“It’s all to do what I can to bring opportunities to South Jordan,” Ramsey said.

Though Ramsey is “very proud” of what the city’s accomplished over the last four years, her unyielding energy means she has a healthy list of goals for term No. 2. Some of which means continuing to build on the foundations established since 2017.

Whether that’s creating and maintaining open space, developing the water program or working with the Larry H. Miller group on the town center planned for Daybreak.

“That's really high on the priority list too,” she said of the town center. “Because if we can get that right, that will be a significant amenity in a significant area that can benefit all of us in the city in big ways.”

Funding for infrastructure is also one of Ramsey’s major priorities, notably transportation to extend Mountain View Corridor to eventually widen that road as well as Bacchus Highway along with finishing the 9800 South interchange.

“There are so many big things that we're working on and I appreciate the chance to keep working on them because I'd like to be here to see them to completion,” she said.

As for a third term? Ramsey hasn’t given it much thought, too concentrated on the future of South Jordan.

“All of my long-term vision is focused on what this city will look like in the future and the best things we can plan and implement so that we stay ahead of the growth,” she said when asked about a third term. “I haven't even thought about that yet.”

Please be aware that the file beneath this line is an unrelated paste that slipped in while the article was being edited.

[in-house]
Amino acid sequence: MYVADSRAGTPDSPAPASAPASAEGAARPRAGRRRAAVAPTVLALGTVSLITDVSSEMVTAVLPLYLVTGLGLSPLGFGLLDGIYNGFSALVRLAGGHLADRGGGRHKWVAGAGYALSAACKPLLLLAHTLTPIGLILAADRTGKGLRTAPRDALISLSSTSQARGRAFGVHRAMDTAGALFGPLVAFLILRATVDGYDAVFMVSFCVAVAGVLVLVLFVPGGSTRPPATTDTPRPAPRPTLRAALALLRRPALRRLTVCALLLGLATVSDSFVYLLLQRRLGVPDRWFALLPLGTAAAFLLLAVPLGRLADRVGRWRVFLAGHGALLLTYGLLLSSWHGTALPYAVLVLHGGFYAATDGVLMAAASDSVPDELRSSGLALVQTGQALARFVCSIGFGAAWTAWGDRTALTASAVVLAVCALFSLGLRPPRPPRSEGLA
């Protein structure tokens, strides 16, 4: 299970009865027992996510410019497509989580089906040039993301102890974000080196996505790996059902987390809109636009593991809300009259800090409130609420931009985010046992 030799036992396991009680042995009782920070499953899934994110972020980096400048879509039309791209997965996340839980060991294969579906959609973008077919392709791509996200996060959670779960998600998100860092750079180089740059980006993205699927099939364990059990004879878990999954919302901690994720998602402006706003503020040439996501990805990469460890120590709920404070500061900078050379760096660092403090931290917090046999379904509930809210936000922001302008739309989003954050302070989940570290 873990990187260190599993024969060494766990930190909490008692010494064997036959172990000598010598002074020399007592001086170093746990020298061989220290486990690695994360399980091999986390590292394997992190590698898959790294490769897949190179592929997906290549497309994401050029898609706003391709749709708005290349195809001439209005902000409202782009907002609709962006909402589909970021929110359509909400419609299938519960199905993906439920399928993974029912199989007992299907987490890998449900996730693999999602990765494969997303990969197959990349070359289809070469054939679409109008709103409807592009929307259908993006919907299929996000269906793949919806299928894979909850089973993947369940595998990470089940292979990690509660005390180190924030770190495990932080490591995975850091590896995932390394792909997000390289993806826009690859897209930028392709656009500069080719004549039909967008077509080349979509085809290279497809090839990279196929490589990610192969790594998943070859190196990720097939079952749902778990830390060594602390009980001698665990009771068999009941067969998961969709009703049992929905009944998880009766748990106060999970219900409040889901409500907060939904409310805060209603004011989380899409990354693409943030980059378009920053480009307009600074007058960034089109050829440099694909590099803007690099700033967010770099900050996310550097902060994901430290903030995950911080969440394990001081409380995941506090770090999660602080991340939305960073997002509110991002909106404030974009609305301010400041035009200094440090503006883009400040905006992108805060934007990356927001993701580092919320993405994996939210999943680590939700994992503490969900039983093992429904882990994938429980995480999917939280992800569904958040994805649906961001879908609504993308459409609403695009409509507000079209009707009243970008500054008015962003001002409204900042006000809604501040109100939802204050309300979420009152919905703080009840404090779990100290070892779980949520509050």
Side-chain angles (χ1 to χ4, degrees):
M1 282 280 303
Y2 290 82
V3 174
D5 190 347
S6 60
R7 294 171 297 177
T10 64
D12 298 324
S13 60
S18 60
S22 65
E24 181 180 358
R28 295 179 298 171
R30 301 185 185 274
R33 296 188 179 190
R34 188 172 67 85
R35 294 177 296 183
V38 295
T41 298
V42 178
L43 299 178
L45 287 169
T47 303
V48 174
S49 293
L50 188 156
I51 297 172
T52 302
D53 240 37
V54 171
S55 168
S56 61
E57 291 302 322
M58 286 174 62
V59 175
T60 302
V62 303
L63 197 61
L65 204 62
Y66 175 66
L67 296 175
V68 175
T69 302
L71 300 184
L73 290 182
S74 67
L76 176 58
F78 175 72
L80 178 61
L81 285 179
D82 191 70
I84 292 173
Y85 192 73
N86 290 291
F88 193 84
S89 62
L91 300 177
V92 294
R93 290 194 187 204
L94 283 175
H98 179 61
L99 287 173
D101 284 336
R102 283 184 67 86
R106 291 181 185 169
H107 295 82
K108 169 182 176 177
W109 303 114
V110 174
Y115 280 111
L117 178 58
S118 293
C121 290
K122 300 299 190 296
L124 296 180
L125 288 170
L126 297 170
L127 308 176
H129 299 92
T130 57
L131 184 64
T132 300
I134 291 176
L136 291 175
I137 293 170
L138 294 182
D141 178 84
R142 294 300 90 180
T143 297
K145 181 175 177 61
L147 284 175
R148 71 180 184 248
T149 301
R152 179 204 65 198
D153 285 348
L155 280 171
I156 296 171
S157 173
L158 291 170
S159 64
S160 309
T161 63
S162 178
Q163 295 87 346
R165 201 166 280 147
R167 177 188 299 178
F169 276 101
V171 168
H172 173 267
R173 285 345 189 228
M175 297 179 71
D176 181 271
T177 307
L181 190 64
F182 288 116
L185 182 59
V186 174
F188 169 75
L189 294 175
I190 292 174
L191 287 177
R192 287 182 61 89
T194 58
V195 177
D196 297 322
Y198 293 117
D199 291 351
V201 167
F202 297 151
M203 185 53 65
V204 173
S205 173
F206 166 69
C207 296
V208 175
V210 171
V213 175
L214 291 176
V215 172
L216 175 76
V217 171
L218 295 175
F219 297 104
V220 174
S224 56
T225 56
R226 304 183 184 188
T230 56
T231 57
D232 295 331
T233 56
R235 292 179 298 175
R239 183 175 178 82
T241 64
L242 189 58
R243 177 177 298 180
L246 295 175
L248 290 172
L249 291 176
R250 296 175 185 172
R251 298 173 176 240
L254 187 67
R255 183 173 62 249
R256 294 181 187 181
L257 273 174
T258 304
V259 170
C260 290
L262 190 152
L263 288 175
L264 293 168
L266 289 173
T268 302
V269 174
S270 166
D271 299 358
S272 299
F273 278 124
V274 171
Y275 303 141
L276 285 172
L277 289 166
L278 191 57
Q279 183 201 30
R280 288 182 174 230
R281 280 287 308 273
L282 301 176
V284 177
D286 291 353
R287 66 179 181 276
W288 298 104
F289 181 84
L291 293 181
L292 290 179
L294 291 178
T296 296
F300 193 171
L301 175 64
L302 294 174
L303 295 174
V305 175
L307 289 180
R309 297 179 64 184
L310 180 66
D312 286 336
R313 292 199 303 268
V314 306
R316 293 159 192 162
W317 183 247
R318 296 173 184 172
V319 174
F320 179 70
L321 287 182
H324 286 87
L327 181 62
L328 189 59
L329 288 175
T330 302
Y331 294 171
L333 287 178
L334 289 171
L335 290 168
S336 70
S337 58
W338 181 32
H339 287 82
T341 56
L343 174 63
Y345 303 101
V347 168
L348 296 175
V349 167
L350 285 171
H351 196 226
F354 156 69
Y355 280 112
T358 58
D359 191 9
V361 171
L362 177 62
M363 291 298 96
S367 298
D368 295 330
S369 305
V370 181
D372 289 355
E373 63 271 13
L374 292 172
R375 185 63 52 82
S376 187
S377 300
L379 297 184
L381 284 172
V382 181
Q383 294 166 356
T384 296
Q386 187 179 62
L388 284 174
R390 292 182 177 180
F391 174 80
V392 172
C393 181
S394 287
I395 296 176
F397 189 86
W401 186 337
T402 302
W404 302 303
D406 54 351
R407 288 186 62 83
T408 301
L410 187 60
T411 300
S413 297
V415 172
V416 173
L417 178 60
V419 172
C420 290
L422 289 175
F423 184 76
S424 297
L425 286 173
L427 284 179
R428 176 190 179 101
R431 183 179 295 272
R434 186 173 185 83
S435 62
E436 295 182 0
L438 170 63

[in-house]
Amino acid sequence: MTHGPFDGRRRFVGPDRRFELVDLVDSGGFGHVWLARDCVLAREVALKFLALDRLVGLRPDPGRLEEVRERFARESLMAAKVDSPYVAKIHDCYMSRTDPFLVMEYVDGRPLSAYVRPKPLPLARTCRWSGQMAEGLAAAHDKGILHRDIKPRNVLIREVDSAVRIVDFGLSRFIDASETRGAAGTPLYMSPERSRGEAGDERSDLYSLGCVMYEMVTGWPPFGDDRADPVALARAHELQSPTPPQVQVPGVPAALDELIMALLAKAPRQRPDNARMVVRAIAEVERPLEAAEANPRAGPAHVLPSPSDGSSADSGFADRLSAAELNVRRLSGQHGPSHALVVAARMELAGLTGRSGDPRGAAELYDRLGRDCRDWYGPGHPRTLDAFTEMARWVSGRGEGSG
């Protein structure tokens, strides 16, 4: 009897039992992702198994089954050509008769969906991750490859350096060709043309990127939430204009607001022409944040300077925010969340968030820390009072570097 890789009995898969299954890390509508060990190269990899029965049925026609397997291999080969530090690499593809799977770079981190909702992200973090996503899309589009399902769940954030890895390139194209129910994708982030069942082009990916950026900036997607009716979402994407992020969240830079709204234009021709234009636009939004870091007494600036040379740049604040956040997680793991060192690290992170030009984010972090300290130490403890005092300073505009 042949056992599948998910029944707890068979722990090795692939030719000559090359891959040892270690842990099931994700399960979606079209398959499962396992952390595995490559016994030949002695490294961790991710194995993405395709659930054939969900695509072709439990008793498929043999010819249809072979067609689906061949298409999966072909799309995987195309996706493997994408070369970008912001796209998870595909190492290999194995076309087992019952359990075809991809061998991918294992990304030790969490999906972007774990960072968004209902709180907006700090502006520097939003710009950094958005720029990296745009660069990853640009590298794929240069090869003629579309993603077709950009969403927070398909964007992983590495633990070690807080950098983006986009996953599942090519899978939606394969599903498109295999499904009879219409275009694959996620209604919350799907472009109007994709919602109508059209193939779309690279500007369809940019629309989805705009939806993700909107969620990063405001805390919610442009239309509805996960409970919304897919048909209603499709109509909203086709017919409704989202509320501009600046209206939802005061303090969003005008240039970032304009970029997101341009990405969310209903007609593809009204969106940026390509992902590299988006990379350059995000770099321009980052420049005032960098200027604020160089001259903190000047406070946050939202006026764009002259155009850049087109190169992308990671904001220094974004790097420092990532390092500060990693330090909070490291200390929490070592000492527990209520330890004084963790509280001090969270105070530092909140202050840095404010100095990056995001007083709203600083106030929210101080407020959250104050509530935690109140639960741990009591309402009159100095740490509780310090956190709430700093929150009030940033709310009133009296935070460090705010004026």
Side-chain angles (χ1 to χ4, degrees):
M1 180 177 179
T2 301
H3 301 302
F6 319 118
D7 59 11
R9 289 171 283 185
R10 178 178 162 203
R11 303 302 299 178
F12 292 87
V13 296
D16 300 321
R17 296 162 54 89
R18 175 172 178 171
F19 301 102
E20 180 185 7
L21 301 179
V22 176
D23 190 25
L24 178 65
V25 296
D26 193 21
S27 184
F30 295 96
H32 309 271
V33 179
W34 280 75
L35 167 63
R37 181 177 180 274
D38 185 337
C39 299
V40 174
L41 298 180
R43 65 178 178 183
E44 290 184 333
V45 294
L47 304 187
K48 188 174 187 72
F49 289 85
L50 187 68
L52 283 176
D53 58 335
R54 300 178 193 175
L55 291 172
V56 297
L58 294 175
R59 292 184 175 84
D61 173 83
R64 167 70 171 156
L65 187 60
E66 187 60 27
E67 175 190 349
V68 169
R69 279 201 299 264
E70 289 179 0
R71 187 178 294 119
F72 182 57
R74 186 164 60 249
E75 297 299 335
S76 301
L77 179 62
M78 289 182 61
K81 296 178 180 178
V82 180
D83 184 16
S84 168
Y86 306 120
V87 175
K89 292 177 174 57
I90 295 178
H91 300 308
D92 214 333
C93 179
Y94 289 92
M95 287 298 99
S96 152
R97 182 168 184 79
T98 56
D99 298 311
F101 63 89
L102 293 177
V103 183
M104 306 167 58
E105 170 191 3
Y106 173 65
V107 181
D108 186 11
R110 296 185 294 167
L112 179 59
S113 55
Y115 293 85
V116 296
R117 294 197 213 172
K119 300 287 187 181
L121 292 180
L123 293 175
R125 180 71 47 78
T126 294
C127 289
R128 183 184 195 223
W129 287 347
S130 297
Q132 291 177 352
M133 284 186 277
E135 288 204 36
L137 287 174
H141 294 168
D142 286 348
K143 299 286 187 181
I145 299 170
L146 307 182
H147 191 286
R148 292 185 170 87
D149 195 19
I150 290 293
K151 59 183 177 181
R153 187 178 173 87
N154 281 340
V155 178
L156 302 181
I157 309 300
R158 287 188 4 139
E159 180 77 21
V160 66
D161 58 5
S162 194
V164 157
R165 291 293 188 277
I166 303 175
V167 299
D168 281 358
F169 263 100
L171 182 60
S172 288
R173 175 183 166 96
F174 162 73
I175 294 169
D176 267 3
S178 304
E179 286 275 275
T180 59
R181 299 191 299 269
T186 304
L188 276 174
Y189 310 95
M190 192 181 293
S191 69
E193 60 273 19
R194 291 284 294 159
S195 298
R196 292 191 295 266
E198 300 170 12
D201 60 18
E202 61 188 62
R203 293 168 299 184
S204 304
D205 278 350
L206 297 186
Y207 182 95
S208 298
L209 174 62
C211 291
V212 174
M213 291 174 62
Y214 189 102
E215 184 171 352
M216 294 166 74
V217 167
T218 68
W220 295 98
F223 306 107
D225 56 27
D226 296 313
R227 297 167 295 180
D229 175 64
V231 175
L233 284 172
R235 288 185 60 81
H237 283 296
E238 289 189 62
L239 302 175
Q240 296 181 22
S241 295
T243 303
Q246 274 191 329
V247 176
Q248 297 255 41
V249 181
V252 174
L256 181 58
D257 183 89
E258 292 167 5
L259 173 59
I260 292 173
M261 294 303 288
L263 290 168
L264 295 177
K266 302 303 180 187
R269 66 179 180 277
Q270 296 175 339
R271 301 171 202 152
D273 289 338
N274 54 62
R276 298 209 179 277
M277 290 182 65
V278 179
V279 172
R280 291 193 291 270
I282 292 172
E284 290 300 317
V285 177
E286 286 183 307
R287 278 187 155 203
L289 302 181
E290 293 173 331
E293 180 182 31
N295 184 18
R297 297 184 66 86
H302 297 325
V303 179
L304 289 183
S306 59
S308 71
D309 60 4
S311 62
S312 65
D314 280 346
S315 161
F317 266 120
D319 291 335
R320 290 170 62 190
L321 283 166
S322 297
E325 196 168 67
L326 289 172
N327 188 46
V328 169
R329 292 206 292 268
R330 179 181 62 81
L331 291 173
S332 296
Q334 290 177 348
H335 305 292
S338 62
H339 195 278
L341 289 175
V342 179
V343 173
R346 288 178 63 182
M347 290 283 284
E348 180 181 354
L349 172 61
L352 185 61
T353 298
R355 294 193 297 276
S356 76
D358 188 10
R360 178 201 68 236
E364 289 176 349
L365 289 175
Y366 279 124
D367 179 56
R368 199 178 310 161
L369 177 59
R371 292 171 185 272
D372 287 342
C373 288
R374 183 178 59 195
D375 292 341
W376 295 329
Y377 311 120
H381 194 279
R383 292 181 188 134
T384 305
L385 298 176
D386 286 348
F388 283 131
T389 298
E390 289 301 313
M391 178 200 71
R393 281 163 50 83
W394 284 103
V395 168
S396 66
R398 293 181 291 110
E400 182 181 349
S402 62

District 3 Councilman Don Shelton will enter his third term running unopposed for the first time after successful campaigns in 2013, defeating the incumbent Brian Butters, and 2017, defeating challenger Julie Holbrook.

Shelton noted while running unopposed was “far less stressful” than past campaigns, it also “felt wrong.”

“While I appreciate that things are going well in South Jordan, I also believe a contested campaign can bring issues to the surface that helps make the city better,” he said.

Shelton is part of a seasoned council with every councilmember either entering their second term or having served at least two terms. For Shelton, his previous two terms has taught him “how to get things done at the city level and how to influence things at the county and state level.”

“I appreciate the collaboration needed to bring about positive outcomes for our current and future residents,” said Shelton, whose district covers the northwest/western portion of the city.

Councilman Jason McGuire also ran unopposed, winning a second term after his victory in 2017 when he fought off Sandra Kay Kirkendoll in District 5, the centrally-located portion of the city.

McGuire, along with Shelton and Ramsey make up a body of elected officials who had four years together, and will serve another four years.

“I'm proud of what we've accomplished, and it's definitely we, not just me,” Ramsey said. “I'm proud of the role I've played. It's been more work than anyone will ever know, I’ve given it the best of what I have to offer and I'm proud of what that's turned into.”